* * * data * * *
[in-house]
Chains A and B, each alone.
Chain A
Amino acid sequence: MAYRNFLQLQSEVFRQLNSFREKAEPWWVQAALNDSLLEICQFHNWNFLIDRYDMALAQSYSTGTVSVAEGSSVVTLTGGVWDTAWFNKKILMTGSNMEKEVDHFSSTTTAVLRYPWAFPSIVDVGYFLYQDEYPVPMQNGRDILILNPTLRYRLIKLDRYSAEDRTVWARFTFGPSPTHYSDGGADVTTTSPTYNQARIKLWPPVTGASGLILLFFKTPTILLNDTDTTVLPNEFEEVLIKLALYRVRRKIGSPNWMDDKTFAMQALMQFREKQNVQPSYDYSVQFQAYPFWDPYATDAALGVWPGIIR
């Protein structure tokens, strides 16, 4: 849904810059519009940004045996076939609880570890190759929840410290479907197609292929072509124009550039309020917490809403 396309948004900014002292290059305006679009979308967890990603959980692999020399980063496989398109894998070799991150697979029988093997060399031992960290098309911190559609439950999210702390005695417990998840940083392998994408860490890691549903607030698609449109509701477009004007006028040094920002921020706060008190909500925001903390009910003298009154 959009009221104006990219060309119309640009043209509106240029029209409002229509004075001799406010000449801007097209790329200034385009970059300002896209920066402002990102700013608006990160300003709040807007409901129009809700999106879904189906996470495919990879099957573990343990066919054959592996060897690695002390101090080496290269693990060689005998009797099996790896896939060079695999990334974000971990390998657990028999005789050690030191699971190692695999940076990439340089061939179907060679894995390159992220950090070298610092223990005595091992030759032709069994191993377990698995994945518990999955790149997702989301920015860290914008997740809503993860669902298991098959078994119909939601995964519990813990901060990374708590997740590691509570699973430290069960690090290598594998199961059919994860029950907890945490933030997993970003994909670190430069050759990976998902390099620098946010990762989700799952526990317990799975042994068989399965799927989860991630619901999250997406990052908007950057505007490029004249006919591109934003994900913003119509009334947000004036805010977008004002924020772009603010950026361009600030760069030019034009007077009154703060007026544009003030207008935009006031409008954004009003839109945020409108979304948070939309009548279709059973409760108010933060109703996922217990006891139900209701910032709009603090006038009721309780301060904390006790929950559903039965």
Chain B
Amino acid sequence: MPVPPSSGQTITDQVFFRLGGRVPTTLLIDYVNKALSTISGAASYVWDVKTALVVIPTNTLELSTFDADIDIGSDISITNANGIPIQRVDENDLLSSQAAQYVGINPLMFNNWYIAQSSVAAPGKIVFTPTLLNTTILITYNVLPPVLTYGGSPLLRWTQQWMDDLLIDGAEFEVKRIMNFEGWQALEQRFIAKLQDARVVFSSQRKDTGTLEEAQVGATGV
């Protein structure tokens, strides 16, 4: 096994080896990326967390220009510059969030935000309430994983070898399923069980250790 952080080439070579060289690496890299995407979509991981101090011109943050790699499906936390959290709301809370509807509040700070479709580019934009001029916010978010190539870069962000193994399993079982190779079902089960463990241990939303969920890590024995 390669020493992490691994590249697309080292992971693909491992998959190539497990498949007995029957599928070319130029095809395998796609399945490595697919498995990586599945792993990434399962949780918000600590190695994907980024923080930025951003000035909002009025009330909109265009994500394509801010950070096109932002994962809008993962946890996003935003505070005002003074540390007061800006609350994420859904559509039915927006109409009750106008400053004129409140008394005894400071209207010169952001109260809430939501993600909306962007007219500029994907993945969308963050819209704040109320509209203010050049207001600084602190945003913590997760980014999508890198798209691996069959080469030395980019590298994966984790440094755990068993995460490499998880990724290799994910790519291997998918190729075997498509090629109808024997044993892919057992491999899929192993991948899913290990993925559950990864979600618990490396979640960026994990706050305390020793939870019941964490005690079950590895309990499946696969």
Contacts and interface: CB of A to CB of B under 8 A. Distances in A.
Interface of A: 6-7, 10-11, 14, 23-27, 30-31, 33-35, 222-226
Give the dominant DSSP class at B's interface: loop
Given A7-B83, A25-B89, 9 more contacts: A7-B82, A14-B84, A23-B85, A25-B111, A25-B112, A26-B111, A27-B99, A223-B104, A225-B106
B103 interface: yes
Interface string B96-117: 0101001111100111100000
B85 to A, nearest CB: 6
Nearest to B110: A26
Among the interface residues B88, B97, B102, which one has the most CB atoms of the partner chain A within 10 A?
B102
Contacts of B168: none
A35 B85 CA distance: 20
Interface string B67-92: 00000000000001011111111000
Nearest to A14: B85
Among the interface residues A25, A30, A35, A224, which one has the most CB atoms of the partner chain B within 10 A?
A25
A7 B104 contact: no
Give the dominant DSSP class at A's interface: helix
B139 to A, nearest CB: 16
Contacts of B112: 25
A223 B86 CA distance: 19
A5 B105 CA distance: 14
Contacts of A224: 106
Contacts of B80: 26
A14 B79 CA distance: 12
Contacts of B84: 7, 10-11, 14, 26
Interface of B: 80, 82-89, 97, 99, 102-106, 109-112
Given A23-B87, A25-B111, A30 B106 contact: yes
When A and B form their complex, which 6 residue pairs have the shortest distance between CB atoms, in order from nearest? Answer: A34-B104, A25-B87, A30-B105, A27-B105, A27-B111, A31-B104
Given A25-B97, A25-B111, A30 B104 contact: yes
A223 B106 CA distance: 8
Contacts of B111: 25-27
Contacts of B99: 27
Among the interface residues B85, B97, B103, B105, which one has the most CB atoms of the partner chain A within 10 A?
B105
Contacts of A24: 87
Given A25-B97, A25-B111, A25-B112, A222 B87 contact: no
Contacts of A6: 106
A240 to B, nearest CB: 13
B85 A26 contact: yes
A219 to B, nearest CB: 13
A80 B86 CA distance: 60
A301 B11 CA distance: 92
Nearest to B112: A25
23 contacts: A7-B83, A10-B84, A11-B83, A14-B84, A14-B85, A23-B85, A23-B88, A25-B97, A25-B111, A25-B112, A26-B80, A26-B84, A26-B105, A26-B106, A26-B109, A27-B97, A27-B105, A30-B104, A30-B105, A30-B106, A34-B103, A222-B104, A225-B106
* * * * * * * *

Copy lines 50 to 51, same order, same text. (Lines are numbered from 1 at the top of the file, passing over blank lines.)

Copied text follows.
A80 B86 CA distance: 60
A301 B11 CA distance: 92